What you need to know about childhood atypical swallowing

Many people find it so cute when a baby uses a pacifier, sleeps with a bottle or sucks his thumb, just as he did in his mother’s womb. Yes, that’s right, they look very cute and sweet. However, prolonging these practices for a long time can cause some oral problems in the child and even affect natural functions, one of the most common is atypical child swallowing.

What does it consist of?

Atypical swallowing is a very common disorder in children that occurs when an incorrect tongue position occurs when swallowing and that can trigger inefficient swallowing, affect the development of teeth, speech and even the appearance of the child.

When complementary feeding is started and the first solids are incorporated into the baby’s diet, swallowing may be impaired. Some specialists believe that the main factors of this condition are the use of the pacifier, the sucking of the finger and the bottle, as well as the practice of biting the nails or the excess of a soft diet.

During atypical swallowing, the tongue is positioned behind the front teeth, producing pressure when swallowing food, when it is normal for the tongue to be placed on the palate during swallowing.

This disorder produces the following signs in the child:

  • Symmetric anterior open bite.
  • A “buck tooth” trait in which the upper teeth protrude excessively.
  • Upper lip without force, and excess of it in the lower one.
  • Noises when swallowing.
  • phonetic problems.
  • Food spillage after swallowing.

Other risk factors

Facial malformations, hereditary factors and chronic pathologies such as tonsillitis are other causes that have been identified in cases of atypical infant swallowing. The aforementioned oral habits have also been determined as the main reason why babies present this problem, which may seem normal to many parents, but in the long term it will generate problems in the normal development of the child, mainly affecting their self-esteem.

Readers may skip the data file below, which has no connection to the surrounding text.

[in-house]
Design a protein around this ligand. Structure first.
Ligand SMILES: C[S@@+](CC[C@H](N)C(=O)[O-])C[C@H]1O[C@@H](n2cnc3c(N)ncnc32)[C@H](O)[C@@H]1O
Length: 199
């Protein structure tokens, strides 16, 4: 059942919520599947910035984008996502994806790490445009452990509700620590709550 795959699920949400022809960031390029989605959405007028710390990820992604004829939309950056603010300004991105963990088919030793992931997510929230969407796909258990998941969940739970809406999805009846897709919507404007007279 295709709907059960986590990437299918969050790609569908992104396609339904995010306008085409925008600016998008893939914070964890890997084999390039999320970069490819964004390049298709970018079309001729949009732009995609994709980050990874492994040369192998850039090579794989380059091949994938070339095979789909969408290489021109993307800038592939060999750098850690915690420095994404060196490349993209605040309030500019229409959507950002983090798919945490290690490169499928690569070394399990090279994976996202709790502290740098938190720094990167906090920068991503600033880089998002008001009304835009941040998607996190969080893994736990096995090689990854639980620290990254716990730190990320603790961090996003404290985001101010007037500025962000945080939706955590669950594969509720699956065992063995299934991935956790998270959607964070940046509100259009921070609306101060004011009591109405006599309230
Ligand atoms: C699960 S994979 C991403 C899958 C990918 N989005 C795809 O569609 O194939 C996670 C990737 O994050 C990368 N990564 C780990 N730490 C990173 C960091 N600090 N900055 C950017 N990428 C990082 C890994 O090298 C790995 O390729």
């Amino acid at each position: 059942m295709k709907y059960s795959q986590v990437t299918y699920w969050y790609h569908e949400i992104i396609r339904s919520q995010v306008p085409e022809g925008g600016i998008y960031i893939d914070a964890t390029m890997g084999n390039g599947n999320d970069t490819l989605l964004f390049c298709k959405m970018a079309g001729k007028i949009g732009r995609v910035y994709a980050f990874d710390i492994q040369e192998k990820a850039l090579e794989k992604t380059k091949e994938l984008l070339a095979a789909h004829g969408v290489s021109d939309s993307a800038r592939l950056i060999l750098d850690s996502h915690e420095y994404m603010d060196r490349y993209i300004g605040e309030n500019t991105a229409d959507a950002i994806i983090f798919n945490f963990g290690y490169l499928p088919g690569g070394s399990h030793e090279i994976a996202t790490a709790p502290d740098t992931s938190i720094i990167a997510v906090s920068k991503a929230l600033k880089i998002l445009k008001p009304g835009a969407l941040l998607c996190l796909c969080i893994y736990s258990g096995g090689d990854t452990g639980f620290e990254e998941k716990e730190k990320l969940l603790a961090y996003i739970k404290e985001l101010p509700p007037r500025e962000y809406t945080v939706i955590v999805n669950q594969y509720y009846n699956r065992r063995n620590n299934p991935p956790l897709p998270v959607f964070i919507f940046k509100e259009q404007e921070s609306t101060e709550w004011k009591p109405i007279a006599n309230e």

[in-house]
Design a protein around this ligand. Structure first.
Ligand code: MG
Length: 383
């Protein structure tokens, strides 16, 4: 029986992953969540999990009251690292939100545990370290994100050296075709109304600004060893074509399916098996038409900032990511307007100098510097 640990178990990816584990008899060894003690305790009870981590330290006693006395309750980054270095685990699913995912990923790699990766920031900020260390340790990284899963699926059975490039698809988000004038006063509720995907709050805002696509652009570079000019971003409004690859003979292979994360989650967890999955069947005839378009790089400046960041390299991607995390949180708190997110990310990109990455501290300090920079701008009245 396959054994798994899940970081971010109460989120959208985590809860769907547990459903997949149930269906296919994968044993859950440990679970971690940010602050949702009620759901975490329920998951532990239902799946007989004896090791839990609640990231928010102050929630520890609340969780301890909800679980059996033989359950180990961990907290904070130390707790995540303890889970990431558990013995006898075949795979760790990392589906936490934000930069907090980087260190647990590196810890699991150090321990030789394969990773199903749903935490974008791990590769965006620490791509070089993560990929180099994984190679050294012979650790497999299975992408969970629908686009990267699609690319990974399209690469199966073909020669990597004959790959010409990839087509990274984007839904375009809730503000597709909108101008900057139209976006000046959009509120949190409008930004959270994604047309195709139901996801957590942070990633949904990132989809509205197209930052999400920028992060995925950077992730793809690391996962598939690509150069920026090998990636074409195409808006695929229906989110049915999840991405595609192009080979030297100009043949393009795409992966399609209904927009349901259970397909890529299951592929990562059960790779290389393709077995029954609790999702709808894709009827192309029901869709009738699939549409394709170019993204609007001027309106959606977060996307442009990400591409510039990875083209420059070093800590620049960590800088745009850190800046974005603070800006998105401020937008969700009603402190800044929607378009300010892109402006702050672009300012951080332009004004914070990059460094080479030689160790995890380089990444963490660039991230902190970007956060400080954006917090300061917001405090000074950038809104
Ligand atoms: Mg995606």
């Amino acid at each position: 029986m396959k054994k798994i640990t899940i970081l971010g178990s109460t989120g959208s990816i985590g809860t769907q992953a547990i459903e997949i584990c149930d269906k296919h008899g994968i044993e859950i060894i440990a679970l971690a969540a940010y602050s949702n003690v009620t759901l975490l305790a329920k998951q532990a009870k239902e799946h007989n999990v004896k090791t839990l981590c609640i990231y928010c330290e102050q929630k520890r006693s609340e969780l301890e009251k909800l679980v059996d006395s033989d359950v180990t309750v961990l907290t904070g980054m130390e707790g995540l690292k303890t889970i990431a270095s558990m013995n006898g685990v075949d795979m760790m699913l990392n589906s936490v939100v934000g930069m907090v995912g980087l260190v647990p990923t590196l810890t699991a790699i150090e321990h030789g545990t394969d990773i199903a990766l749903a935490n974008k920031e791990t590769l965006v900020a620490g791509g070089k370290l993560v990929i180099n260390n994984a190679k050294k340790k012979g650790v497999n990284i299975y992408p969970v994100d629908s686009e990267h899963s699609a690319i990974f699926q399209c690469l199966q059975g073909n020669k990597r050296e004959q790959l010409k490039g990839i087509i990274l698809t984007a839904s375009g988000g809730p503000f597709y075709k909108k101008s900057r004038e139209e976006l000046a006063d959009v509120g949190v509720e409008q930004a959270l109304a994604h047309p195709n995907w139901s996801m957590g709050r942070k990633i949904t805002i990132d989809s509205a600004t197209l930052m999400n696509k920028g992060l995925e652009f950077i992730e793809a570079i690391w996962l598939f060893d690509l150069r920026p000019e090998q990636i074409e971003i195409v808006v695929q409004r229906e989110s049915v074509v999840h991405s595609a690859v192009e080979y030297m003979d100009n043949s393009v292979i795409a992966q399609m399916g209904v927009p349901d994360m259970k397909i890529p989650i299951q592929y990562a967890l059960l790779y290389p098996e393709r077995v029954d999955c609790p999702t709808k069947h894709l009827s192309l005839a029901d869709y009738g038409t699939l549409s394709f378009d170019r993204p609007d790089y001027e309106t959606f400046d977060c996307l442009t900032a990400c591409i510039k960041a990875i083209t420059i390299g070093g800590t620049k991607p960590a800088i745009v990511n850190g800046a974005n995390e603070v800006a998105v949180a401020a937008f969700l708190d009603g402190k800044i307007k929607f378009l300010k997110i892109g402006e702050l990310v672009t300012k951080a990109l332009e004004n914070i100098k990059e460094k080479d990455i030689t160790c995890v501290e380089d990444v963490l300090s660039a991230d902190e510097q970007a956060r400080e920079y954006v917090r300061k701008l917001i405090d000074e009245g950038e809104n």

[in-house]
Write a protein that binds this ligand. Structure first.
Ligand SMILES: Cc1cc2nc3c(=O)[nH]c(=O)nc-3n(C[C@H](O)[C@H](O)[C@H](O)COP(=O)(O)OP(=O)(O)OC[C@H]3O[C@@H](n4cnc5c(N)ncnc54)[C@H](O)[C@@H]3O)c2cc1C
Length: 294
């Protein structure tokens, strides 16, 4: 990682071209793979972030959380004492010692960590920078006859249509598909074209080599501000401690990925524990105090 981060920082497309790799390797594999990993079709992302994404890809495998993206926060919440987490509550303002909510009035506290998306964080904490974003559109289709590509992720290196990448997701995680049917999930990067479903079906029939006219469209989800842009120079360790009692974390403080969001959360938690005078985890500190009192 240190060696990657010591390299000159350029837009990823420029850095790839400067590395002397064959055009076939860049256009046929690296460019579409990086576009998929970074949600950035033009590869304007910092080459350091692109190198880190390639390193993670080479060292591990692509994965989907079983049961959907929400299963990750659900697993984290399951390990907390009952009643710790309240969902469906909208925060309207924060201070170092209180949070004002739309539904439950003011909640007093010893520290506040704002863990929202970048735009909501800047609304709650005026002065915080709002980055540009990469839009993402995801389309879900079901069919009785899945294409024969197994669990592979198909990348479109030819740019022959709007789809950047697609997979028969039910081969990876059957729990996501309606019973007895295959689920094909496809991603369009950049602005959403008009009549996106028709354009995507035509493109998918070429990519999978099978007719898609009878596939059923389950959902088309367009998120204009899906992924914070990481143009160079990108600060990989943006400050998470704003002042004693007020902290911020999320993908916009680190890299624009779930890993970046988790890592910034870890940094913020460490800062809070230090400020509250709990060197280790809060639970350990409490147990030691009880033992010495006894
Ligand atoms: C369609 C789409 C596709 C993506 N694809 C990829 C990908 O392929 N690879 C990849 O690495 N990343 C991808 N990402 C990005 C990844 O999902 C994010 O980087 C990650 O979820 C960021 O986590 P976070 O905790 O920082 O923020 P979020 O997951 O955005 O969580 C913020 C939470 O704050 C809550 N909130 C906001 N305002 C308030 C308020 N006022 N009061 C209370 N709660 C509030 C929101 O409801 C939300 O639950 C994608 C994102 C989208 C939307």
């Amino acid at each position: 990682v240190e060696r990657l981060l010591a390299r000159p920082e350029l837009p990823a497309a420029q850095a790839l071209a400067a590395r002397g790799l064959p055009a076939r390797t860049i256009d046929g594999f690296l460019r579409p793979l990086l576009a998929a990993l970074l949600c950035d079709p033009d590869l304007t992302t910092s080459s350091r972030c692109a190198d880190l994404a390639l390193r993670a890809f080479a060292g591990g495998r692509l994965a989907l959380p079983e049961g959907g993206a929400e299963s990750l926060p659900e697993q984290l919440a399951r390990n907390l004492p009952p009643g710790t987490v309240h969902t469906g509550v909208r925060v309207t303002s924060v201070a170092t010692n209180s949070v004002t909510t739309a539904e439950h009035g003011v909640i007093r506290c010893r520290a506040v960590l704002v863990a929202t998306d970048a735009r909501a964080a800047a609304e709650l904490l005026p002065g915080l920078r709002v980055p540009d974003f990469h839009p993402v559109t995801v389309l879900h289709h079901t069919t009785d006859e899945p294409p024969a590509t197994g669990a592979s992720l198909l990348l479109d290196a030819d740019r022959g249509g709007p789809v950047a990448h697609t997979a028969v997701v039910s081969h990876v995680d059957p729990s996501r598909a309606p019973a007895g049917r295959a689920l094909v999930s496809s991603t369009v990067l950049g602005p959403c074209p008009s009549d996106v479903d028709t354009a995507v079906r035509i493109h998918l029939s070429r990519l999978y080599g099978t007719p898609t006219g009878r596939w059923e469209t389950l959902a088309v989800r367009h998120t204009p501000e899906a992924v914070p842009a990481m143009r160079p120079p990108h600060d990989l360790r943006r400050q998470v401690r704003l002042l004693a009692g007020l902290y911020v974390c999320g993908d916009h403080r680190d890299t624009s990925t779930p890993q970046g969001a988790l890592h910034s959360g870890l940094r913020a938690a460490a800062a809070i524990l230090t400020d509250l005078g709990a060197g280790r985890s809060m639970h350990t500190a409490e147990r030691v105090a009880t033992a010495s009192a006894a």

For this reason, it is important that detection be done from an early age, so it is advisable to maintain regular visits to the pediatrician who is the specialist with the preparation to recognize these conditions. Similarly, after the appearance of the baby’s first teeth, dental check-ups should be started to verify that the entire teething process is proceeding normally.

How to avoid atypical swallowing

Pediatricians and specialists assure that the best way to avoid any oral disorder in children is to stimulate prolonged breastfeeding, since the use of bottles and pacifiers in excess affect the development of the baby’s jaw, while breastfeeding favors it.

In the case of applying mixed breastfeeding and using the bottle, you must make sure to acquire suitable teats for your baby’s age, which have an ergonomic design and withdraw their use before two years of age, the same is advised on the best pacifiers, since they are recognizes that these instruments are very useful as pacifiers in babies with high demand.